now -- and may never be. Hence no "double payment."

(I have repeated myself repeatedly in the foregoing passages! But from
its history of not being understood, the point does seem to bear

> So until the competition with
> free journals drives priced journals from the field, universities will pay
> for both, or want to do so, and their costs will be higher than before or
> after the transition period. The question, then, isn't the economic
> feasibility of the long-term solution, but the economic feasibility of the
> transition. How can we eliminate the double payments?

We can try to find subsidies for the new journals -- but we can also
simply accelerate our institutional self-archiving of our own articles
appearing in the existing journals.

> First note that there is only a double payment here because (during the
> transition period) universities will have reason to support two sets of
> journals when it now supports only one, not because universities would ever
> pay twice for the same journal. When a university pays dissemination fees
> through its authors, it would support journals that provide free online
> access. When it pays access fees through its library, it would support
> traditional journals that limit access to paying subscribers. The new
> dissemination fees must come out of a budget already strained to cover
> access fees.

To put it another way: Their S/L/P budget currently only pays for that
small subset of the annual 20,000 that they can afford to buy in. If
that same money could buy in all 20,000, that would be all the better.
If the 20,000 were accessible without having to be bought in, and could
be had by simply redirecting each institution's total current S/L/P
expenditures toward only its own annual outgoing papers -- and perhaps
even saving 70% or more -- all the better. But paying out MORE money
now, in order to have "free" access to a few more (new) journals just
does not seem like a very inviting proposition...

> If all universities simultaneously agreed to pay processing fees through
> their authors, and stop paying subscription fees through their libraries,
> then the funding paradigm would shift as quickly as institutional inertia
> allows.

Alas it would not. Instead, it would lead to a rather confusing
cost-redirection problem, because paying per-outgoing-article
per-journal is not at all the same as paying S/L/P per incoming
article/journal! The payment is not for the same product, even though
the consumer (the institution) happens to be the same. Earlham might
subscribe to, say, 2000 of the world's 20,000 journals, paying, let's
say, E dollars annually. Now how does it switch from paying for those
2000 annual incoming products to paying for its own outgoing Earlham
articles? First, do those submissions go to the same journals? If the
two are not identical (and not simultaneously duplicated at all the
other institutions that are currently subscribing to and submitting to
those same journals) then we have have a rather complicated
coordination and redirection problem.

And what, exactly, would be paid, for what? Currently, in exchange for
S/L/P tolls, institutions get an on-paper and often also an on-line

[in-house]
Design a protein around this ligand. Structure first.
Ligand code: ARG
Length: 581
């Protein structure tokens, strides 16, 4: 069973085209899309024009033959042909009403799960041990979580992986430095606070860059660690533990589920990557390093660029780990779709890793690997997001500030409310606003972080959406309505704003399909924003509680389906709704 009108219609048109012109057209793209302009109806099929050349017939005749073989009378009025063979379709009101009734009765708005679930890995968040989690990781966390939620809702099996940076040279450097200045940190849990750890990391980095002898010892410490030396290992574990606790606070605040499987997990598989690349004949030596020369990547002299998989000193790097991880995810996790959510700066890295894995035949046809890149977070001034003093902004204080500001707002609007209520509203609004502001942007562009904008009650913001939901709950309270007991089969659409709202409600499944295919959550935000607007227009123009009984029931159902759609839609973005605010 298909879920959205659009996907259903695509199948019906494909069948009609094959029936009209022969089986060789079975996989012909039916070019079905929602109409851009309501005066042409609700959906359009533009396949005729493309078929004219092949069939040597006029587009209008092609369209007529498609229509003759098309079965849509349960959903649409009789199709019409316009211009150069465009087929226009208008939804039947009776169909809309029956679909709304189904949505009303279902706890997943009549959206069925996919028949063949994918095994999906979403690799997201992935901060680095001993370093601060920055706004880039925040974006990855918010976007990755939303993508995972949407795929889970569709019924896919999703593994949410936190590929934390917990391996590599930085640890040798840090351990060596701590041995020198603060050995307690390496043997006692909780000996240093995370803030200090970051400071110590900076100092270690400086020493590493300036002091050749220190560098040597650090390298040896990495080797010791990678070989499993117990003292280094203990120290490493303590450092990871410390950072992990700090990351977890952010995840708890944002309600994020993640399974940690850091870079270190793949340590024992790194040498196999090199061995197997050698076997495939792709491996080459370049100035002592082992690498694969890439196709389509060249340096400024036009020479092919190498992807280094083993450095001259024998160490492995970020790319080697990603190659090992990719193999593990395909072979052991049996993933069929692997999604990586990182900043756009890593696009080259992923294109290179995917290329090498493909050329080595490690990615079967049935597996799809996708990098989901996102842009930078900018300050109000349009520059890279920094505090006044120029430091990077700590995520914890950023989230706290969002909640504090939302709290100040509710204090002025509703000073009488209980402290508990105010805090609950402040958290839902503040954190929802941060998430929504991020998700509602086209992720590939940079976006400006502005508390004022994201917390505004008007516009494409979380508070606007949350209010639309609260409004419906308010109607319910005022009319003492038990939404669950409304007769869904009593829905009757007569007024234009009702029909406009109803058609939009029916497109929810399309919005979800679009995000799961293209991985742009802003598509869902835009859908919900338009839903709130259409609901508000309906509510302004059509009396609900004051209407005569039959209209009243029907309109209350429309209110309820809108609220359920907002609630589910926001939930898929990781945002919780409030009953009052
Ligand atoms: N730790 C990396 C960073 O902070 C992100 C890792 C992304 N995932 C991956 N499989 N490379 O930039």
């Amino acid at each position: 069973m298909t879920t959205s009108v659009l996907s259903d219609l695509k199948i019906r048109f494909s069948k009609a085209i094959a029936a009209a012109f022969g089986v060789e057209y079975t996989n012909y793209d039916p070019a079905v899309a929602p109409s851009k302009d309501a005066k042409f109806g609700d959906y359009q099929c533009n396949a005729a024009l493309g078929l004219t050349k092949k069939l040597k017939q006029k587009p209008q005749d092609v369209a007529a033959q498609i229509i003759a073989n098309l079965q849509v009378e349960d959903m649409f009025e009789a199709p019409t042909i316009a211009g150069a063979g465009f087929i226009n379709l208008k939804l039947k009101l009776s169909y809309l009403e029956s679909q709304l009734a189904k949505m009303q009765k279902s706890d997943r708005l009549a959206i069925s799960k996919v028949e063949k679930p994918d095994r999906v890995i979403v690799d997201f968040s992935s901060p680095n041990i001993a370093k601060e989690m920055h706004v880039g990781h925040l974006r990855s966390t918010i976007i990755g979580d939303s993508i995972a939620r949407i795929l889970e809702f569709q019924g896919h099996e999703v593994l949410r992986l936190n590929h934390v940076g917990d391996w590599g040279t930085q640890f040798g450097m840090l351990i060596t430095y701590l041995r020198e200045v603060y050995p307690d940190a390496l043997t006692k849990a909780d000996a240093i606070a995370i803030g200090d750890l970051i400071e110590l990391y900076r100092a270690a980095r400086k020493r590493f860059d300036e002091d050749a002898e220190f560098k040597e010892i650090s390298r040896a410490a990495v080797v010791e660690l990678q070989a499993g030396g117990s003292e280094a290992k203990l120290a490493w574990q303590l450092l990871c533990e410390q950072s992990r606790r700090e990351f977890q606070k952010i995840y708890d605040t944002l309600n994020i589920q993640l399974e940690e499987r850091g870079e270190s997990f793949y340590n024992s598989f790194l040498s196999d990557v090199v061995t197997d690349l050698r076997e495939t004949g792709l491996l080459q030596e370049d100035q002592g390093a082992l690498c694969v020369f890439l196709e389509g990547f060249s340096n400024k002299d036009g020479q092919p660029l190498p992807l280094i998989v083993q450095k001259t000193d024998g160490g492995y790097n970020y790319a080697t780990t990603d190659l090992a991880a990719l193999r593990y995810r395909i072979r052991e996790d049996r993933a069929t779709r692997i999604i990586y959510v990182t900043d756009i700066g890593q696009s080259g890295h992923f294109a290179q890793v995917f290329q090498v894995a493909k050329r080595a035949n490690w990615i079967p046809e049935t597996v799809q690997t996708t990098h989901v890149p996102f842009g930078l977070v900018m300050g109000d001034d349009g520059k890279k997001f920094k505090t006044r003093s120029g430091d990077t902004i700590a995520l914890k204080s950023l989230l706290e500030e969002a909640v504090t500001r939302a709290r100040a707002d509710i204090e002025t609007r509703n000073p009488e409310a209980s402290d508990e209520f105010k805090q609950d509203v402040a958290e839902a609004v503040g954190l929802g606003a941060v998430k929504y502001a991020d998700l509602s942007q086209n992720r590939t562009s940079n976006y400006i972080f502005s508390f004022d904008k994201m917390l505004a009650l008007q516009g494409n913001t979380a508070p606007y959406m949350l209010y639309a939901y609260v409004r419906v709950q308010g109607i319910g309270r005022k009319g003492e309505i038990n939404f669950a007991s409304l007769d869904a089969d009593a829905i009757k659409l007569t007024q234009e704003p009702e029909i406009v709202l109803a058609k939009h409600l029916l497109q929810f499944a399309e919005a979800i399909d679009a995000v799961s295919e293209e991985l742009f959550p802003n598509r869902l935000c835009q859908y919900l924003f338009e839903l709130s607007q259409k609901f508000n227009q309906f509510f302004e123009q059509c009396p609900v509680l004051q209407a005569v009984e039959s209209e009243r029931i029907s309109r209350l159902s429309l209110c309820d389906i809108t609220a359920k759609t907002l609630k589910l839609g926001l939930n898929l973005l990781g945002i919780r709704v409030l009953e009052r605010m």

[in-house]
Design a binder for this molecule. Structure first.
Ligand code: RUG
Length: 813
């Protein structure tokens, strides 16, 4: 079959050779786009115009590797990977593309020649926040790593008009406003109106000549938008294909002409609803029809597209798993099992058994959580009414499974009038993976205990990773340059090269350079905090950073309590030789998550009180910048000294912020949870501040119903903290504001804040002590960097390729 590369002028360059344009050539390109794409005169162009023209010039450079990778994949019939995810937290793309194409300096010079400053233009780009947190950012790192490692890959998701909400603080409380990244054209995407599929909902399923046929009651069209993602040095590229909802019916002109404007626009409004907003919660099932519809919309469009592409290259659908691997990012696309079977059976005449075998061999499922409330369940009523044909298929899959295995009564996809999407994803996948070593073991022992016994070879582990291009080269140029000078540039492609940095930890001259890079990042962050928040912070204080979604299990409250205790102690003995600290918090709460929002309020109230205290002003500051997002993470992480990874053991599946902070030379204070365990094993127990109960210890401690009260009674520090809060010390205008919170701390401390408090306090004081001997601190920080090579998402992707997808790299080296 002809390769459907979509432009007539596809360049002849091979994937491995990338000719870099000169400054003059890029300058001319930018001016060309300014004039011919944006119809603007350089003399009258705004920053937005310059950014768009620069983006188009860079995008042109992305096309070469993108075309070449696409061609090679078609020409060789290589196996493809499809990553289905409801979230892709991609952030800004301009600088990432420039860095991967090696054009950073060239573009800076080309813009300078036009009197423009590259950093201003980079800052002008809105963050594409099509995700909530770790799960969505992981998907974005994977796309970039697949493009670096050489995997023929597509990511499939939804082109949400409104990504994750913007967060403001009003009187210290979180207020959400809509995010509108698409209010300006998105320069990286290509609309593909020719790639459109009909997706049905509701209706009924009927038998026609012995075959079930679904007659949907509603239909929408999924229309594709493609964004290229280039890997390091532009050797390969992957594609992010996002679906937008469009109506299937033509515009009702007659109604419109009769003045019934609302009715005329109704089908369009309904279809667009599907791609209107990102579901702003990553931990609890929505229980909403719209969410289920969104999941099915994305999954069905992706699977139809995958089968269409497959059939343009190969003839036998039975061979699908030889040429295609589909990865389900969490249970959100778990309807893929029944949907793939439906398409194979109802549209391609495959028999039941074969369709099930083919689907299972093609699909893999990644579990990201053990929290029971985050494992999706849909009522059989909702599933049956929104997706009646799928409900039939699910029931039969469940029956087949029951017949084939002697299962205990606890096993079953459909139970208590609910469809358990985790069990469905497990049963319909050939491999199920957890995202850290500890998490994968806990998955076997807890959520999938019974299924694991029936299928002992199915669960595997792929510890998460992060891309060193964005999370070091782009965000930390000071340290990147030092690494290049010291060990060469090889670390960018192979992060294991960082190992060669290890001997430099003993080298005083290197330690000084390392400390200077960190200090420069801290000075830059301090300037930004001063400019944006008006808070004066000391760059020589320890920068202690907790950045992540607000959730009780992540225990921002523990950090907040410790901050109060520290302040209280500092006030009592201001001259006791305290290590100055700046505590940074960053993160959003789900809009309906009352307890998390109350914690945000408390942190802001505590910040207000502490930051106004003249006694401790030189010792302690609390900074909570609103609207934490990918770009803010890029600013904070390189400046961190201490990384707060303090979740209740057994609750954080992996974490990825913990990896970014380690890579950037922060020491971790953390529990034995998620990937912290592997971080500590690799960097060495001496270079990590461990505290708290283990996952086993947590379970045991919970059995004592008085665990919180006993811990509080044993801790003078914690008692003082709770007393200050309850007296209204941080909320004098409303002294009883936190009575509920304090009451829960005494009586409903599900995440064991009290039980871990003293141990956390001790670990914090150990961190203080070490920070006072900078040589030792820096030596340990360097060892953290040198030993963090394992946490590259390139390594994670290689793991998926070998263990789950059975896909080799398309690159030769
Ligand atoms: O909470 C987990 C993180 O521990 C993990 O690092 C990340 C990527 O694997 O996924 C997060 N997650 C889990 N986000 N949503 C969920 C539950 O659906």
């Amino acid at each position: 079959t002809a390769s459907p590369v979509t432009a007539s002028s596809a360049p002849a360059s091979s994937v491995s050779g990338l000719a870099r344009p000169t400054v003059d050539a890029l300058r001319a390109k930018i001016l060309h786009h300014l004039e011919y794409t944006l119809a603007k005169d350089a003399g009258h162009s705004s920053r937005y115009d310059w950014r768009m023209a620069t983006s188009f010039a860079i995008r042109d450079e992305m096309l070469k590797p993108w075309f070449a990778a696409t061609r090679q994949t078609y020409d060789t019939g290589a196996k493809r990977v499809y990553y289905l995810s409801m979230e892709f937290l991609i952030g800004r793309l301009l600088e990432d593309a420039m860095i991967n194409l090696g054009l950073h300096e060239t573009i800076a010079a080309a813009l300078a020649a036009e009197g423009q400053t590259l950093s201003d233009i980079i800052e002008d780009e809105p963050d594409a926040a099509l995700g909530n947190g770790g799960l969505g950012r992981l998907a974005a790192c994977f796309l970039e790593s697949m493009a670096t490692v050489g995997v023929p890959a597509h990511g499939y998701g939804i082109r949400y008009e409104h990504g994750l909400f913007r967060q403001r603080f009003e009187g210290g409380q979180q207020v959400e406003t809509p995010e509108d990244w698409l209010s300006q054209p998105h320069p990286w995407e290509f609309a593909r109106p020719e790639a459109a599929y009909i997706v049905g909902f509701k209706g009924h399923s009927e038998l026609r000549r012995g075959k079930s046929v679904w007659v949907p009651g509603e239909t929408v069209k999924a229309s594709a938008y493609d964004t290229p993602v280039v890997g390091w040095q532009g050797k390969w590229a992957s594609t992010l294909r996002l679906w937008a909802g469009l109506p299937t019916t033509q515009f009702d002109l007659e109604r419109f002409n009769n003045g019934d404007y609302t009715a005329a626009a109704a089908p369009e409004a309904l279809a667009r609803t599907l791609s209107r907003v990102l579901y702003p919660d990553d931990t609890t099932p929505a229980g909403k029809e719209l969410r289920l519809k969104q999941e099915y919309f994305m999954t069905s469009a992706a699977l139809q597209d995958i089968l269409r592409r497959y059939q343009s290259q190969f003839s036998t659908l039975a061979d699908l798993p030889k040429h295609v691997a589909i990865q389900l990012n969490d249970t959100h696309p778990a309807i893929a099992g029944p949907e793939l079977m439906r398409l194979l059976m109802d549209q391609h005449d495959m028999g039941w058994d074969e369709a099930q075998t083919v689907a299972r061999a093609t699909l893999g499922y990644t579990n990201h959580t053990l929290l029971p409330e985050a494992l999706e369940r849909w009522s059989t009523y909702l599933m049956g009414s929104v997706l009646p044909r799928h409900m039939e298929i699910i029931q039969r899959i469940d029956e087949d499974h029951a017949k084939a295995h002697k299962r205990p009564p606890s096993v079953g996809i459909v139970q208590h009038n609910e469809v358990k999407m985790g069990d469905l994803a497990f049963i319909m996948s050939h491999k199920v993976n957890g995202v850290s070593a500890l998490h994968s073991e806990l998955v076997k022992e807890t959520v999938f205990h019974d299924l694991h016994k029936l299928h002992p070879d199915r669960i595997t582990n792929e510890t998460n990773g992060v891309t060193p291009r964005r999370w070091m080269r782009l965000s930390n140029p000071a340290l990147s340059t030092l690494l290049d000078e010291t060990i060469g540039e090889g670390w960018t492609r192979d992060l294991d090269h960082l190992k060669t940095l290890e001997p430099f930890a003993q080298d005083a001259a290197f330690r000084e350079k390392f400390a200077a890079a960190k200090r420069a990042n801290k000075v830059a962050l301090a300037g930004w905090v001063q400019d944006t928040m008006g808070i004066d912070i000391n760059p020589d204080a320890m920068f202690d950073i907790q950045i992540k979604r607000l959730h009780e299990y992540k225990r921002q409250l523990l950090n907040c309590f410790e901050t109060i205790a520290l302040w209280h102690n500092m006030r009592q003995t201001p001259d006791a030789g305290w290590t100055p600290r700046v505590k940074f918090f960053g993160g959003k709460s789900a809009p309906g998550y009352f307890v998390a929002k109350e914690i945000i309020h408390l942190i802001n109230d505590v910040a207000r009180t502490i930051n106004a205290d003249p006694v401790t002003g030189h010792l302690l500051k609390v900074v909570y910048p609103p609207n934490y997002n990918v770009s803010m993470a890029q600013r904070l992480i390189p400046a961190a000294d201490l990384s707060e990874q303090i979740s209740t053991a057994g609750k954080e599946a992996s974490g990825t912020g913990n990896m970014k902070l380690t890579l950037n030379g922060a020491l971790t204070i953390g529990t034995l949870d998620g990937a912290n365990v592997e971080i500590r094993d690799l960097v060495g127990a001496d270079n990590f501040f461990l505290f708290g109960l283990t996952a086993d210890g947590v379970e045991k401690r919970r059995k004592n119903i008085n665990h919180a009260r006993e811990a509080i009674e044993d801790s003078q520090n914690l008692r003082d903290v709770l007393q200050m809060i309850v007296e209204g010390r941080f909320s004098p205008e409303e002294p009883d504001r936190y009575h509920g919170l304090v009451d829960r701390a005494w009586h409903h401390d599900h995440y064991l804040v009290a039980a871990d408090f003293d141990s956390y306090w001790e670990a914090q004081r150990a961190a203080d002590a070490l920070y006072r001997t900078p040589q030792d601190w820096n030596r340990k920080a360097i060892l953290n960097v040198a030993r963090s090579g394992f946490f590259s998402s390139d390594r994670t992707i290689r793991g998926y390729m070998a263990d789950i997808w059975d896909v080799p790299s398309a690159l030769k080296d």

product -- the annual full-text articles in each journal subscribed
to. If journals instantly re-did their arithmetic, and redistributed
their annual collective S/L/P charges of $2000-$5000 per article to the
submitting author-institutions instead of to the subscribing
reader-institutions (let's call this OC for outgoing charges), then
imbalances from institution to institution (in terms of which journals
they had subscribed to and which journals they submit to) could produce
huge local upheavals in the size of their OC budgets, sometimes making
them much smaller, but sometimes also much larger than what their S/L/P
budgets had been.

Moreover, this simple redirection would not produce any pressure for
cutting expenses: Every publisher would simply be paid through OC
exactly what he had been paid through S/L/P. So no savings from
downsizing, and separating the essential costs (peer review) from the
inessential ones (paper, PDF, archiving, dissemination), would be
realized. For although downsizing to the essentials ($200-$500 per
article, instead of $2000-$5000) would not only save all the consumers
money, but would buffer against the institutional imbalances
mentioned earlier, an instant redirection would not lead to such
downsizing, saving or buffering (why/how should it?).

Moreover, even the dream of such an instant redirection is itself a
very far-fetched one. And the dream of such an instant redirection
along with an instant downsizing to the essentials is a still more
far-fetched one. We researchers really risk falling into long-term Zeno's
Paralysis, if we continue to contemplate such unrealistic abstract
scenarios, instead of doing what we can already do immediately, namely,
institutional self-archiving of our own outgoing peer-reviewed

> Of course, this won't happen and BMC isn't counting on it to
> happen. But because this won't happen, the BMC strategy faces a classic
> freeloader problem. If affluent and far-seeing universities A, B, and C,
> join the revolution and start paying dissemination fees, then less affluent
> or less far-seeing universities D, E, and F will have reason to benefit
> from the ABC investment without joining it.


> Another way to put this is that the strategy faces a prisoner's
> dilemma. Universities will have a motive to defect against cooperators
> (freeload on early adopters and lengthen the transition period),